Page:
JOC: Okay, I wish that I could have had you come into class, because my students tell me that I am a marine sergeant in the classroom because in the first week I tell them, “Don’t think that ‘creative’ in the title of this class excludes discipline. This is the most demanding writing you will ever do.” I write towards revision, and so this is how I teach writing. The writing that my students do is based on literary models. Existing works. They have two books for the class, and I also assign multiple readings. I have them choose a model, and then write their own story—so, if a model begins with dialogue, theirs should begin with dialogue. And I have them do that for the first several workshops and then after everybody critiques each other’s work in writing,  everybody reads their work to the class and then sits quietly back while we discuss it for its own merits. Was it engaging? Was it interesting? Did it have enough errors that it was distracting? And then we discuss it in terms of the model. And we ask, did this dialogue work? Did this chronology work? And then we allow the writer to say, “Well, what I wanted to accomplish was . . .”

I have to tell you that a lot of students think this is mechanical discipline work, but after I let them go, they still write from models. I tell them to just use the model as a trigger. Write your own story. It’s an amazing thing, like how you can’t just go fix an engine without having taken one apart and then put it back together. 

So in my workshops they write and rewrite, and then there’s a series of steps they have to go through. First, everyone is assigned a reader, and that reader has to read the person’s work and meet to critique it before it’s turned into the workshop, and the opposite happens when the other person is due. Then we critique it in the workshop. Then they meet with one of my interns to go over the revision, and then I look at it. So, a lot of people start off the process by thinking that’s too much, and I say “No.” When I finish a book, I have some people I trust read it, then I put it through another revision, and I don’t send it out until several people I trust tell me it works for them. Then, even after it’s accepted, the publisher’s line editor does something, whatever . . . I say to my students, “If you want to be writers, this is what you have to go through.” And an amazing thing begins to happen, and it’s almost never failed me: by midterm the students become a real group—they’re interested in making sure that, for example, their presentations look good in terms of other people’s presentations. And they meet more often than they need to with their readers, and by the end of the semester . . . well, I wish you had been there at that Friday reading, because some of the parents said, “I never knew my kid could do that.”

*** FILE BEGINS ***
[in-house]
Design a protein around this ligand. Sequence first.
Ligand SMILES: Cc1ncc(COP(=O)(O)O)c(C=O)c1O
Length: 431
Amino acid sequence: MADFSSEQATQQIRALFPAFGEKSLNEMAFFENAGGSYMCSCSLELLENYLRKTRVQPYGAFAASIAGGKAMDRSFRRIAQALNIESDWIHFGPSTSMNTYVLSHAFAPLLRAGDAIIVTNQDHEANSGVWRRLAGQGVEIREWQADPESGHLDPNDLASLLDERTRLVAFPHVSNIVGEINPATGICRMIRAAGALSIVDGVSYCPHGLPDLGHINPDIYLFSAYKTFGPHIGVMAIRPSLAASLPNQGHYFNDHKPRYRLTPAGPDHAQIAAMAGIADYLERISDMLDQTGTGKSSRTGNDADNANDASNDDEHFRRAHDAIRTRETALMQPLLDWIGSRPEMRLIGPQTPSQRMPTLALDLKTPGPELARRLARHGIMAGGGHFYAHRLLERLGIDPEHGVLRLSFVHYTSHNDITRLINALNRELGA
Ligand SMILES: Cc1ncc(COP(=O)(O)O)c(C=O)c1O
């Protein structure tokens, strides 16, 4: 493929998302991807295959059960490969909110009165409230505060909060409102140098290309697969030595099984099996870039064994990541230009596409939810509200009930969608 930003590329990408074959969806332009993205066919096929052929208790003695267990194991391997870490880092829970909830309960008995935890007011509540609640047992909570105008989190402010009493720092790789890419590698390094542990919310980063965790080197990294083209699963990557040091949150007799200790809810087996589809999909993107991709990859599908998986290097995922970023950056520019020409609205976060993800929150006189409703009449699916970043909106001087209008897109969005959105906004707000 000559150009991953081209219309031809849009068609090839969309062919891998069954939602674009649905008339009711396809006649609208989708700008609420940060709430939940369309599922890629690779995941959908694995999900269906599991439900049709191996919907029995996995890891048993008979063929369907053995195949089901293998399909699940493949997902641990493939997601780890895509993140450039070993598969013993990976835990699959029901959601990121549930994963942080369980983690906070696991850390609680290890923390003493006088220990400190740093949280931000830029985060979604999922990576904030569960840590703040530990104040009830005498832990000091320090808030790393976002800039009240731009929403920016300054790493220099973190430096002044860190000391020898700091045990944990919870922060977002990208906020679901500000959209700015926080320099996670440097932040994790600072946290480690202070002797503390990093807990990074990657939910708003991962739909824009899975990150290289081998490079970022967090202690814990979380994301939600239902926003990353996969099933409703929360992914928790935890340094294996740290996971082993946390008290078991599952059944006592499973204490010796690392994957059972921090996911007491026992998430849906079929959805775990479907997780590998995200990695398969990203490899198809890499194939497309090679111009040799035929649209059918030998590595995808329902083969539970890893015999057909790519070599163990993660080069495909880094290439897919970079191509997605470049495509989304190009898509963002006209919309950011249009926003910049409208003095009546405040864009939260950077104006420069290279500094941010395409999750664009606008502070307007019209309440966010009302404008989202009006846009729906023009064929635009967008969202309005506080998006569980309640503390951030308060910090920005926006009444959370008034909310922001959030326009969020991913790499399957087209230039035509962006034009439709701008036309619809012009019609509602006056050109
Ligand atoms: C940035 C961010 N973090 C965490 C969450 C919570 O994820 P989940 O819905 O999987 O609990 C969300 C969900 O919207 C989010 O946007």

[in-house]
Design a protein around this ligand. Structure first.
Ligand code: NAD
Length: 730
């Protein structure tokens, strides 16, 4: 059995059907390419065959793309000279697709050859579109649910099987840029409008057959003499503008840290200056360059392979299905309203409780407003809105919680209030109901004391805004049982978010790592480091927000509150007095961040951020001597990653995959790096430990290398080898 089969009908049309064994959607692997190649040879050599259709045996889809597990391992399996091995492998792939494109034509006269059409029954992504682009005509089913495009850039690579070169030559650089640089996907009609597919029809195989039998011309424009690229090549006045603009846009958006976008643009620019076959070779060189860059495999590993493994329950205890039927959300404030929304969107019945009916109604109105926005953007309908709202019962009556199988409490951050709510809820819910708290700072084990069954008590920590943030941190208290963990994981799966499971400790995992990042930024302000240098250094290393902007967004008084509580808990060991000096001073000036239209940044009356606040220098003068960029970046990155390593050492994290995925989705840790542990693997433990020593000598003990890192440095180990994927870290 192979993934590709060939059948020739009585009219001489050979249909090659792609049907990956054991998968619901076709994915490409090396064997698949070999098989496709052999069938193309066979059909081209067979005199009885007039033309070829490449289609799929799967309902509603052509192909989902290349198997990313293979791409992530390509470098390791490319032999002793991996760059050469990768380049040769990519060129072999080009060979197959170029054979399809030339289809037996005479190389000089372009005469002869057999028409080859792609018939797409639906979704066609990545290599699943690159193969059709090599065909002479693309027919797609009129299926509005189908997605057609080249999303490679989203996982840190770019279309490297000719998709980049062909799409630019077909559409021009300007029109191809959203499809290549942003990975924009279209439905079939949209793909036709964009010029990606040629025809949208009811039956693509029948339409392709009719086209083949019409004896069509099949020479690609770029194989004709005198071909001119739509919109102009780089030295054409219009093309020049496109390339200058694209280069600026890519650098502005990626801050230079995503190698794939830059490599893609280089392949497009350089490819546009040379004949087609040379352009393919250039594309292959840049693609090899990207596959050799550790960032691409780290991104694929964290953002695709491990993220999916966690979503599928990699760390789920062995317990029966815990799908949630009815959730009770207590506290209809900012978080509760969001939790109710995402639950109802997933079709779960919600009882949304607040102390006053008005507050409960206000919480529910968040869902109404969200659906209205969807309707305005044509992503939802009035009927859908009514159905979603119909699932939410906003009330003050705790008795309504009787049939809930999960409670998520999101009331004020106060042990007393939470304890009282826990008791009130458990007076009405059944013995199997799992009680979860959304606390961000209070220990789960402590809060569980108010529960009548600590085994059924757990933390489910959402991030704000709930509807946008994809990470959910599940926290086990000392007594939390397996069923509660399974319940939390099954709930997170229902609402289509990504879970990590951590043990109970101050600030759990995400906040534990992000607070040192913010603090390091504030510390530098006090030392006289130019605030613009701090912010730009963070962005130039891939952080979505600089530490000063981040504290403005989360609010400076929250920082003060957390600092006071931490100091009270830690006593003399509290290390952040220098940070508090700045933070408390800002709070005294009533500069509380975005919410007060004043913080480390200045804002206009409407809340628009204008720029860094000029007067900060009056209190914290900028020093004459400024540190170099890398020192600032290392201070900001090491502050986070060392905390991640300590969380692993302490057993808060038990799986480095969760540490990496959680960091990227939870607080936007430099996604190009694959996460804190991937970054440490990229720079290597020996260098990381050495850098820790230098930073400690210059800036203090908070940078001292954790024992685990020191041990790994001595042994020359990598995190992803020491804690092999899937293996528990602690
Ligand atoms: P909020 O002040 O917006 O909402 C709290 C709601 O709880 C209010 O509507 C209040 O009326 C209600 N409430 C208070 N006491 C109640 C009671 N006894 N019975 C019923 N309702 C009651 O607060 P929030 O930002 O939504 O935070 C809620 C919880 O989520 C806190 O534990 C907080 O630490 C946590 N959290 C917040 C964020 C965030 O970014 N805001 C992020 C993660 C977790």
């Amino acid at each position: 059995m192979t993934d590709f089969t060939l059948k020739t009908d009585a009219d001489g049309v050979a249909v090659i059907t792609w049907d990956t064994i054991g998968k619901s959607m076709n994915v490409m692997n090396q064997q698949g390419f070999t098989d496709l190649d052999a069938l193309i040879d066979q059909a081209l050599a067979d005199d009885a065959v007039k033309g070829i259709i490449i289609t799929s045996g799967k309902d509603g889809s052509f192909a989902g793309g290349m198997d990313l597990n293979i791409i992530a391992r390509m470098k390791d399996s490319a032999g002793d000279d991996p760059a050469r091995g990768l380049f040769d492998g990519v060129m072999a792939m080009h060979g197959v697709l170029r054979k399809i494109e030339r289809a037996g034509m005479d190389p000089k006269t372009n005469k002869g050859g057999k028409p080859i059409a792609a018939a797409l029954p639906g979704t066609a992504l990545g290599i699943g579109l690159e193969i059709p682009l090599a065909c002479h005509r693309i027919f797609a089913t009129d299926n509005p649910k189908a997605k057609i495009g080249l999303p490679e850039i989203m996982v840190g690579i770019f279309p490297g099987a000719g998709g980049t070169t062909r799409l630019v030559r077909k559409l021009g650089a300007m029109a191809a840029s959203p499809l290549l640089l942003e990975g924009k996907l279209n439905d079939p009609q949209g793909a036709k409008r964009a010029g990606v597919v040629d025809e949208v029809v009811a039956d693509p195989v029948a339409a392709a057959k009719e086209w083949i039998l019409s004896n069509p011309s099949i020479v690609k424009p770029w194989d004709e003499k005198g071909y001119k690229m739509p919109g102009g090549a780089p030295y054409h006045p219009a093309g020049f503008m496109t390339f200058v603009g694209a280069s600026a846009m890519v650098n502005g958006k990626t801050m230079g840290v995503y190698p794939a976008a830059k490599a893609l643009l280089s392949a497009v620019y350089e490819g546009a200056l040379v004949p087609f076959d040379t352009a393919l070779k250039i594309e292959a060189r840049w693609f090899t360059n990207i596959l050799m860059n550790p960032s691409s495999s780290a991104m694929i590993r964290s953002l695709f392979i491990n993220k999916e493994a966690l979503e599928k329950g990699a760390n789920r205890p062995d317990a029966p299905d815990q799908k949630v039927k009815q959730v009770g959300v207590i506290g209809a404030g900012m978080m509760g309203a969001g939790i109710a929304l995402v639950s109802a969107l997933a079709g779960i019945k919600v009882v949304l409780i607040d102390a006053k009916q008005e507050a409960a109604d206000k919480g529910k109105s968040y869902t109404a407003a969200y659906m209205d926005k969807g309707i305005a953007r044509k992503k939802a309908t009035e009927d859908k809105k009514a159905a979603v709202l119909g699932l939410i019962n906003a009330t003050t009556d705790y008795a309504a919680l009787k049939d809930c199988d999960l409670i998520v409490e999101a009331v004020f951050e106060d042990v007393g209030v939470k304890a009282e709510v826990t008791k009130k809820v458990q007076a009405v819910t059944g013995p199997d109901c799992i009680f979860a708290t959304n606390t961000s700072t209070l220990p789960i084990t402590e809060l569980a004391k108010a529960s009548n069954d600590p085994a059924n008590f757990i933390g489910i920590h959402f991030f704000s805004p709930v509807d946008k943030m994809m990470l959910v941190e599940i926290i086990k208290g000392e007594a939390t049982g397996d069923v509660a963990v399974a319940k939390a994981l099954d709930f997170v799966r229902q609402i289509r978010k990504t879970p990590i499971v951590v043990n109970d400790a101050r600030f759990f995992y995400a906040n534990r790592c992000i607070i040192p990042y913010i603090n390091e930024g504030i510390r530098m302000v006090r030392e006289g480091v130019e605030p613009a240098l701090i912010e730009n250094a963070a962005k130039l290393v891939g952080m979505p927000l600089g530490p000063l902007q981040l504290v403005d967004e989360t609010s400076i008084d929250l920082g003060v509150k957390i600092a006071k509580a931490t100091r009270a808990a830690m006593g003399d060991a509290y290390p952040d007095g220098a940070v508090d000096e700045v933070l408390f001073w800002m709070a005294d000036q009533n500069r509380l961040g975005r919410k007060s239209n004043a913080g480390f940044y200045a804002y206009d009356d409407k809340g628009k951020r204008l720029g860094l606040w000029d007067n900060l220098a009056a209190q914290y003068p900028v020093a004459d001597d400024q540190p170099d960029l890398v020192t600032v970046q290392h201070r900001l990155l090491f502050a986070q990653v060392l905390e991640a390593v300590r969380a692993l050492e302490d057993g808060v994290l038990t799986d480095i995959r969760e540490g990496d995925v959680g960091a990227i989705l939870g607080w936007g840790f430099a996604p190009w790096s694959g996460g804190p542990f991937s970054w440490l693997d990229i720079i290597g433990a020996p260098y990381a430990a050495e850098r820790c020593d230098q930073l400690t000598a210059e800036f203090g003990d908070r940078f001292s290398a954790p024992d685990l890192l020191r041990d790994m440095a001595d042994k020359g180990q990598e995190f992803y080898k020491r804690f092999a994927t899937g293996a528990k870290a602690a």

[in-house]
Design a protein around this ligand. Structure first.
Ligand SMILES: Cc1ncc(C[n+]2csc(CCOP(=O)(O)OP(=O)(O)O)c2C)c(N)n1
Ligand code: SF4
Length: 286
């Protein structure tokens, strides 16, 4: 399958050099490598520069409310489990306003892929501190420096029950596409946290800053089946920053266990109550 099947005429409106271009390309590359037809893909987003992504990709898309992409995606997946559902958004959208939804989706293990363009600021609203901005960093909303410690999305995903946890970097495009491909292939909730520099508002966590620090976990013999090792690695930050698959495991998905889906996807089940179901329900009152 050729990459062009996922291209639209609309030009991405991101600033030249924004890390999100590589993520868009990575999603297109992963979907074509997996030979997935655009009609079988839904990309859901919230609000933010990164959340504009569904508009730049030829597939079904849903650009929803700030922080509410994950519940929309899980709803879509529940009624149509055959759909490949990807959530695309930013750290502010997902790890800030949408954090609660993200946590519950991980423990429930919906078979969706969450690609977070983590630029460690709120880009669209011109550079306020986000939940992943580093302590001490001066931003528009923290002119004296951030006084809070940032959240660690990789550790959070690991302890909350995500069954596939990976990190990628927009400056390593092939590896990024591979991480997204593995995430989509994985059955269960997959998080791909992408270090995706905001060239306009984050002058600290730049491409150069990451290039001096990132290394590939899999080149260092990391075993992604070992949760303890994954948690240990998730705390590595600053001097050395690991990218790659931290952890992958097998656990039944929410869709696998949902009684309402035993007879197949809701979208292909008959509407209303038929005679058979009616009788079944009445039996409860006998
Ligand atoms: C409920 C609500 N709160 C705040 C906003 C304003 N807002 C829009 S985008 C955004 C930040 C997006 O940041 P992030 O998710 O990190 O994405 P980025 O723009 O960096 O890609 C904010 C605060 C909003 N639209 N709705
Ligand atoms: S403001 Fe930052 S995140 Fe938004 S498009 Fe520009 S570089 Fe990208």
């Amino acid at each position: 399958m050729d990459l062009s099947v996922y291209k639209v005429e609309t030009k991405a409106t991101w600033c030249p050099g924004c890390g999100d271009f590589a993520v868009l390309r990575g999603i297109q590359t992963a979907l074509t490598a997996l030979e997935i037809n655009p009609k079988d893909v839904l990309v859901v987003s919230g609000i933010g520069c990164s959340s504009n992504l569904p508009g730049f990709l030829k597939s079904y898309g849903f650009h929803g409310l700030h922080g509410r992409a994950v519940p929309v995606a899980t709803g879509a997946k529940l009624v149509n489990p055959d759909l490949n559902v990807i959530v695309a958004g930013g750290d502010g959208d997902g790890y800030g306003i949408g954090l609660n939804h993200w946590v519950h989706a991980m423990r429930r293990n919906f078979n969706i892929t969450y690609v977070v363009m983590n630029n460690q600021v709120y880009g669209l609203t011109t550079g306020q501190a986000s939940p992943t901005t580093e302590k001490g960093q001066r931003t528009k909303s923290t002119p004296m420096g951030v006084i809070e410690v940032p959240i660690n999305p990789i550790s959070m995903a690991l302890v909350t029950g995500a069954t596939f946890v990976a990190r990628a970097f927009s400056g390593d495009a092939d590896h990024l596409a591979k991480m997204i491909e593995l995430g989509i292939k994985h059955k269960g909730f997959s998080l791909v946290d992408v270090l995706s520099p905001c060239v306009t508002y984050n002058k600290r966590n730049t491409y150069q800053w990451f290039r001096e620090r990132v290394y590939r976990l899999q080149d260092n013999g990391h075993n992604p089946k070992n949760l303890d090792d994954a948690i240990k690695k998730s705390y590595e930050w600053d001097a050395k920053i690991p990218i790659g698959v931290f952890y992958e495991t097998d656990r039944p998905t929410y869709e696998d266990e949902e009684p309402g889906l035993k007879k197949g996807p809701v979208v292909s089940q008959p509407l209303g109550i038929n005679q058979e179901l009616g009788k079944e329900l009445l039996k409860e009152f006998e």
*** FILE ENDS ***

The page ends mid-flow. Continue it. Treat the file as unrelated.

Judith Ortiz Cofer (1952–2016), as a young girl, emigrated with her family from Puerto Rico to Paterson, New Jersey; when she was a teenager her family relocated to Augusta. Ortiz Cofer was the author of several novels, including If I Could Fly (Farrar, Straus and Giroux, 2011), Call Me Maria (2004), and The Line of the Sun (1989); poetry collections such as A Love Story Beginning in Spanish (2005), Reaching for the Mainland (1995), and Terms of Survival (1987); a memoir, The Cruel Country (UGA Press, 2015); two essay collections, Lessons From a Writer’s Life (Heinemann Books, 2011) and Woman in Front of the Sun: On Becoming a Writer (2000); and many other works, including three children’s titles with Piñata Books / Arte Público Press—¡Bailar! (2011), The Poet Upstairs (2012), and Animal Jamboree / La fiesta de los animales (2012). Ortiz Cofer’s work appeared in The Georgia ReviewSouthern Review, the Kenyon ReviewGlamour, and many other periodicals, as well as in numerous textbooks and anthologies. Ortiz Cofer, who in 2010 was inducted into the Georgia Writers Hall of Fame, was the Regents’ and Franklin Professor of English and Creative Writing at the University of Georgia.

Alan Flurry is an Athens, Georgia-based writer, filmmaker, and television host. More about his work is available at alanflurry.com